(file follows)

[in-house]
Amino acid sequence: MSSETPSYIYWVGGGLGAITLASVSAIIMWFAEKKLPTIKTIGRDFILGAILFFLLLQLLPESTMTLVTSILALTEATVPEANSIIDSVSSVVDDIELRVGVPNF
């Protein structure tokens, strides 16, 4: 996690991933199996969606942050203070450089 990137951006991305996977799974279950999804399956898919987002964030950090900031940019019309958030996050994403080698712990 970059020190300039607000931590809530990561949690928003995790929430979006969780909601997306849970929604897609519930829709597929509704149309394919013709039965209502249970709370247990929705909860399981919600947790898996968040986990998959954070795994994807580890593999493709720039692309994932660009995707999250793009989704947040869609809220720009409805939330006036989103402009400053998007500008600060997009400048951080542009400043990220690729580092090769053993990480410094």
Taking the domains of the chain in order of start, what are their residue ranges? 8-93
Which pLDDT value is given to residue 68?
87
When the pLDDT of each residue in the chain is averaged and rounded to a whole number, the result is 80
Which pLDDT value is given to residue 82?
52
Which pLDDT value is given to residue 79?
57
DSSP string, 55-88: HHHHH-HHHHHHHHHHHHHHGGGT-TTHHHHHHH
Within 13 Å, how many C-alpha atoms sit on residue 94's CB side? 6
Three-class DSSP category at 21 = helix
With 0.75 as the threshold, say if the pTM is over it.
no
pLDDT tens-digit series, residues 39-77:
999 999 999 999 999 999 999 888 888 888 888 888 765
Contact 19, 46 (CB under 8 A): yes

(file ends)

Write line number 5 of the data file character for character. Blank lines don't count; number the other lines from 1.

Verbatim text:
Which pLDDT value is given to residue 68?